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Horsley Board method of combating swarming and raising an additional queen (alternative text)

The Horsley Board method of swarm control and re queening is probably best used when the colony is well advanced, covering at least nine B.S. frames of brood. It is also helpful to have a good nectar flow. It should only be used on colonies that you are happy to propagate from, if you have bees that are less than good you should use another method the first year so that you can re-queen with good stock. The method forms a circular pattern that can be repeated year on year.

Construct a board as shown in the diagram and description that occurs on the this page.

In spring the hive is first reduced to one brood box during normal Spring management.

When the colony is strong with most frames full of brood, usually late May or early June this method may be employed whether queen cells have been started or not.

Stage one

Fill an empty brood box with frames of comb and foundation, take out the centre comb leaving a space. Lift the roof from the hive, and place to one side. Lift the hive off the floorboard and place on the roof, cover the empty brood box and place it on the now vacant floorboard. Put the supers to one side whilst you find the frame with the queen on, this is often easier said than done, however, If you do not find her at first, cover the brood box and leave it for a short while so that most of the flying bees can find their way into the new, empty brood box, this will relieve the congestion and make queen finding much easier. Having found the frame with the queen inspect it for queen cells and destroy any that may be found, place this frame in the space left in the brood box on the original hive site. Put on the queen excluder and the supers that were removed earlier.

Then place the Horsley Board on with the wedge uppermost and at the back of the hive. Close up the frames in the brood box from which you have taken the queen, and insert the spare frame at the outside, lift the brood box on to the Horsley Board and replace crown board and roof.

Open out the wedge to its fullest extent and leave the hive alone for three or four days. This enables the flying bees to return to the lower brood box and the bees that are left consider themselves queenless.

Stage two

Partly close the wedge leaving only just sufficient space for the bees to leave or enter, this will partially uncover the excluder panel and allow the bees free access.

Stage three

Examine the top box again after ten days and queen cells should be evident, and fairly advanced. As soon as, at least, one is seen... Open the wedge to its fullest extent closing off the excluder panel totally. Examine the top box again after another seven to ten days and look for a queen or eggs. If no eggs are observed indicating that the queen has either not yet mated or if she has she has not yet come into lay, close up and look again in another few days. I think this is unwise. I would reduce the Q/Cs to one. You are making the selection, not the bees and in similar circumstances I have seen bees swarm, especially if the weather is cool for a day or so before emergence, then brightens up. R.P.

Stage four

As soon as eggs are seen, lift the box off the Horsley Board and reverse the board itself so that the wedge is at the front of the hive. Partly close the wedge allowing only a small entrance as in stage two, the excluder panel will now be partially open and the two colonies will be able to work together and can be left in this configuration for the rest of the season.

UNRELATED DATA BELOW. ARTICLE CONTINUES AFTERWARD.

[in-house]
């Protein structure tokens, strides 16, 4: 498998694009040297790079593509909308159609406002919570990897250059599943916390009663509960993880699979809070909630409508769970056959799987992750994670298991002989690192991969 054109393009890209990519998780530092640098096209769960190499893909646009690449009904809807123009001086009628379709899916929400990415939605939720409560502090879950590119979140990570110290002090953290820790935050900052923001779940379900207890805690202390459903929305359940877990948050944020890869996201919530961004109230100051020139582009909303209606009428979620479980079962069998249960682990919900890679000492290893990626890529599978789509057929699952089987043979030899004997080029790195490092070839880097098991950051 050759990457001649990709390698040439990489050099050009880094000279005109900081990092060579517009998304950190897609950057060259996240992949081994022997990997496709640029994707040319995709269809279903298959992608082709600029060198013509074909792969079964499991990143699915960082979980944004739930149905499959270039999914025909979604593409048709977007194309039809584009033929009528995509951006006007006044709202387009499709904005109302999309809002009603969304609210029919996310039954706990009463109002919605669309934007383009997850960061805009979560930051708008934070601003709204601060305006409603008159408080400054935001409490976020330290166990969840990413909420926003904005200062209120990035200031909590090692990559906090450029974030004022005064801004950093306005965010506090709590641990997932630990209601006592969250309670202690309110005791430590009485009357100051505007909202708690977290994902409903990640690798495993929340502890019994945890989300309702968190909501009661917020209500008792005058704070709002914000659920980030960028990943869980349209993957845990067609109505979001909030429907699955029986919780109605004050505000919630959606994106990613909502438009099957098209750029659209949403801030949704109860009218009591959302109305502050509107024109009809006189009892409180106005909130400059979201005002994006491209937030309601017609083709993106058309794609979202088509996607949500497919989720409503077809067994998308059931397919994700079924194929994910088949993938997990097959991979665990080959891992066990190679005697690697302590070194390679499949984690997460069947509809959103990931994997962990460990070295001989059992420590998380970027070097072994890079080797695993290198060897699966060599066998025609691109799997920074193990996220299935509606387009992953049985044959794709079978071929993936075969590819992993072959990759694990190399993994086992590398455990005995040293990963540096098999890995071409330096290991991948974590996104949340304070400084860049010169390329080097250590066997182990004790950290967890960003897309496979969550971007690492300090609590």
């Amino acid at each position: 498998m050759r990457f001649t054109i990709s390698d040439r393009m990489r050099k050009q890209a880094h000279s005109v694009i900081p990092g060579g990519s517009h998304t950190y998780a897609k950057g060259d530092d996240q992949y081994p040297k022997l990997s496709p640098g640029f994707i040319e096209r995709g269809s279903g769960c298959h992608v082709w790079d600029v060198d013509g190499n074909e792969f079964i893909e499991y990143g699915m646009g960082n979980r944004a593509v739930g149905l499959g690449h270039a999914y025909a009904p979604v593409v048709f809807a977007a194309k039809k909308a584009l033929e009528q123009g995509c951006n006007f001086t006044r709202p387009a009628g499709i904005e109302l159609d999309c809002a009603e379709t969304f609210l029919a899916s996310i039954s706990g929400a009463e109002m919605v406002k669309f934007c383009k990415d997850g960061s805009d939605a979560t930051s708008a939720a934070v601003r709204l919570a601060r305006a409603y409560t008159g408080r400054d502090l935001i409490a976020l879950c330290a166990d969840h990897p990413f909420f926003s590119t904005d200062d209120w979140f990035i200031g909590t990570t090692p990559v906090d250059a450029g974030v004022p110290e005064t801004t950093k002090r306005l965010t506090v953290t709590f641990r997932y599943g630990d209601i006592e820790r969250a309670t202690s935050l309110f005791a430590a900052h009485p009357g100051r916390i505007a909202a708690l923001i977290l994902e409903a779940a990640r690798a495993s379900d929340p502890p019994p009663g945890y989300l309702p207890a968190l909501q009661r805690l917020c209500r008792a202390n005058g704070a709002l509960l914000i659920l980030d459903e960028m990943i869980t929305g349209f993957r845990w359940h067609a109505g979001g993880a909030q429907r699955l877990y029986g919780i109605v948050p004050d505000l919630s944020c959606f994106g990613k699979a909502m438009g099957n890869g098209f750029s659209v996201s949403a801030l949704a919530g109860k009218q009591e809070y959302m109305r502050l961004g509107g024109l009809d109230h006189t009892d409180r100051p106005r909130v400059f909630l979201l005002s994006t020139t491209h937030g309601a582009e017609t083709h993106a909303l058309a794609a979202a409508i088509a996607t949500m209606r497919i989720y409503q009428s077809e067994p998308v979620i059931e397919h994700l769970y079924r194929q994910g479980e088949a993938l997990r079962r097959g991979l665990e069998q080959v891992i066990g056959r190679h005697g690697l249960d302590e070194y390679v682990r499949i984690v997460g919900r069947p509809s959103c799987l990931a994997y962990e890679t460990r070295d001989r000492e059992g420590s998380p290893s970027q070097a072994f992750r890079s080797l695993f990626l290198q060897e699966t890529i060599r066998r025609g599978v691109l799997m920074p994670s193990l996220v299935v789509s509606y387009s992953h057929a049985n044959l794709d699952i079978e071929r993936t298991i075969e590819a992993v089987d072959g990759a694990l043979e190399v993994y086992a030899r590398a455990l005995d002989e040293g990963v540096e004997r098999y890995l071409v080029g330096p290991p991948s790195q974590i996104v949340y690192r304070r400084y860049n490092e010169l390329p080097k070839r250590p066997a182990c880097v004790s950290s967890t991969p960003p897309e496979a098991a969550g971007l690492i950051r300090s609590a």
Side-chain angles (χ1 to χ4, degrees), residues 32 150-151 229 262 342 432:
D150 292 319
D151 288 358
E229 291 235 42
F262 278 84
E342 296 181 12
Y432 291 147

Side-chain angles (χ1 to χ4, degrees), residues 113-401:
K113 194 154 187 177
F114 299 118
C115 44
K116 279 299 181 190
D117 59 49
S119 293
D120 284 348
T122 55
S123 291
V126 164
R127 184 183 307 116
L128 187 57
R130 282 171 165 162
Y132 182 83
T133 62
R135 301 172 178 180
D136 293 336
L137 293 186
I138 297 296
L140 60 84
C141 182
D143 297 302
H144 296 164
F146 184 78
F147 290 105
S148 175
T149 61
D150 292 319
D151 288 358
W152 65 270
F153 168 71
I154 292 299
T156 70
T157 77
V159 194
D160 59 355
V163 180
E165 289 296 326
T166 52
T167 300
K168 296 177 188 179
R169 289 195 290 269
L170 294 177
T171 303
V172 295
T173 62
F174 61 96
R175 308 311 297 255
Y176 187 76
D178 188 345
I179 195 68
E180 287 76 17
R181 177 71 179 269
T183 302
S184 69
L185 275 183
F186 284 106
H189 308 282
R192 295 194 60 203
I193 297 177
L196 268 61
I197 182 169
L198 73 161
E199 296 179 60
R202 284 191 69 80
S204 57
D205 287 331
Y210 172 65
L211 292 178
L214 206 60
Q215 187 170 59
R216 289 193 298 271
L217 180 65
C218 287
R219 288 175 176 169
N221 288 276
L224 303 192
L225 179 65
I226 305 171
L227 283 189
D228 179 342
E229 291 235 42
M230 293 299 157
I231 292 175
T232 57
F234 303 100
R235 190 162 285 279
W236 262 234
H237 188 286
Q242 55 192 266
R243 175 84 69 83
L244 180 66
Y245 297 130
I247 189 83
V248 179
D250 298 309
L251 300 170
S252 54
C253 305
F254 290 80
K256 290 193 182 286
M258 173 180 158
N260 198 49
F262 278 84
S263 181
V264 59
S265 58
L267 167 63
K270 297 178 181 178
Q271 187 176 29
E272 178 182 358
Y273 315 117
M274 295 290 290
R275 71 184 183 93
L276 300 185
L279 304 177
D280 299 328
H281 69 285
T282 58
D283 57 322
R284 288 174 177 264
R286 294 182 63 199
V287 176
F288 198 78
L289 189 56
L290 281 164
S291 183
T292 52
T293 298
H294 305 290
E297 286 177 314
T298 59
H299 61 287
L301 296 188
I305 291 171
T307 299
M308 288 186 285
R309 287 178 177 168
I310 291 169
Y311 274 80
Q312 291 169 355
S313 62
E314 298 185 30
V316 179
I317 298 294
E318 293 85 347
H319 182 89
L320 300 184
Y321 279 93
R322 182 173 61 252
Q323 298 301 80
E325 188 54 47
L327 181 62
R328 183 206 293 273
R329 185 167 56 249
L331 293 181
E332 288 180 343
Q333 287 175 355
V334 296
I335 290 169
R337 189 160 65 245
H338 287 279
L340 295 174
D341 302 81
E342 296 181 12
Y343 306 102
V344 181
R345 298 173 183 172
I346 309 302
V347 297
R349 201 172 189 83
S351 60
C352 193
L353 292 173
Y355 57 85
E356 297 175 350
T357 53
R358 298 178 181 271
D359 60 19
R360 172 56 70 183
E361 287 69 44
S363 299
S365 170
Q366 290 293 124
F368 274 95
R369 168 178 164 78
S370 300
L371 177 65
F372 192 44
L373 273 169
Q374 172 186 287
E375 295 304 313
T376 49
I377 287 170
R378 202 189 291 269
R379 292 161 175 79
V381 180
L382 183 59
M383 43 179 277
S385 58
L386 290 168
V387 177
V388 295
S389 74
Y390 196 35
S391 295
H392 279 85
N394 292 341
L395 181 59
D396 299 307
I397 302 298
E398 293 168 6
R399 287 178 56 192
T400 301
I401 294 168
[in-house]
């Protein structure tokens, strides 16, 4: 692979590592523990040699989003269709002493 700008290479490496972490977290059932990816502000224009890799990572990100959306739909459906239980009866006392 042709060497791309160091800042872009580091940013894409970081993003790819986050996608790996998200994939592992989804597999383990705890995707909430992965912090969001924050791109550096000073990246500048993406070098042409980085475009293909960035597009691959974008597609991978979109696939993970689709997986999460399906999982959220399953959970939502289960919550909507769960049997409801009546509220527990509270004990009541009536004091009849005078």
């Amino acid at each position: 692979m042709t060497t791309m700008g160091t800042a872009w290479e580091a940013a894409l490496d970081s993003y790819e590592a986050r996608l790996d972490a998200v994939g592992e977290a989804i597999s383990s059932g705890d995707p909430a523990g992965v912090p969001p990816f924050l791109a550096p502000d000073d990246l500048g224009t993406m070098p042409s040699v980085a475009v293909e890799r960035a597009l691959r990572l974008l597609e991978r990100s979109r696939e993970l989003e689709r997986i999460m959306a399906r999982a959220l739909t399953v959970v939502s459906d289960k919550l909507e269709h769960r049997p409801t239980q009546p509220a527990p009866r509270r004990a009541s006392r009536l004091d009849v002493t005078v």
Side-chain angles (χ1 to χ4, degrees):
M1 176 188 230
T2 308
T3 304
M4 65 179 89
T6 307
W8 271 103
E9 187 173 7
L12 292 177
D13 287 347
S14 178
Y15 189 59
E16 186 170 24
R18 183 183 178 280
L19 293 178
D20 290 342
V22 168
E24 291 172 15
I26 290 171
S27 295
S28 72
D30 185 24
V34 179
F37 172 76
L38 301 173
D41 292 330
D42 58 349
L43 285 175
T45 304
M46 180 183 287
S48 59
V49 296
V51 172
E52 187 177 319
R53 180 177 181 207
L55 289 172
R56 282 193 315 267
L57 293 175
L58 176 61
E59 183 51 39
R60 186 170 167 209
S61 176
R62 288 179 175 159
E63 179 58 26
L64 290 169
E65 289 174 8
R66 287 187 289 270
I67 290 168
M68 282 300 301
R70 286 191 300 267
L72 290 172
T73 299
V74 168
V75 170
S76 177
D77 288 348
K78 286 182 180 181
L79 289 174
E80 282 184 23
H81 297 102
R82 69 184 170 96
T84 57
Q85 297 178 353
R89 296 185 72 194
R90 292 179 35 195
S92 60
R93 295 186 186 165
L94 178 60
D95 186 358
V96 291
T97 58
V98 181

At the end of the season, when the honey has been removed, the top box is placed onto the bottom box and the Horsley Board removed, No newspaper is required as the two boxes are actually the same colony the two queens will sort out if they wish to lay together or one may depose the other. 90% of the time it will be the young queen that remains for next season, but it is not a certainty.

If you wish to take your bees to the heather, there are some different preparations to make for the moors...
Having removed the honey supers that have been in place all summer. Re-build the hive so that it has stand, floor, the top brood box which contains the young queen, the Horsley Board with the wedge fully open towards the back of the hive, what was the bottom brood box with the old queen, crown board and roof.

When moving day arrives... Take off the top box and Horsley Board and add the excluder and the empty supers to the box on the stand. The stack, which now has all the flying bees from both groups, can then be transferred onto your heather floor for transport. Place the box with the old queen onto the original hive stand and they will be ready for uniting when the other group return from the heather, newspaper or some other method should be used as the bees will have lost any sense of being "one colony".

If queen cells are actually being raised at the time of your initial inspection, when you are first looking for the queen, do not examine any further... Place the box with the full compliment of empty combs on the floor board, put the queen excluder and supers on this, then place the Horsley board on top, with the fully open wedge to the back of the hive, the original brood chamber and all frames are placed on this and crown board and roof completes the set up. The Horsley Board excluder panel will be fully closed, the flying bees will find their way to the original entrance and thus enter the bottom brood box. The depleted bees in the top box will tear down the queen cells. After a few days the frame with the queen on is placed in the centre of the bottom box and the top box with the brood and bees is left on the Horsley board and we are effectively at stage one again, but a few days later than planned.

Originally written by Dave Cushman. Edited by Roger Patterson.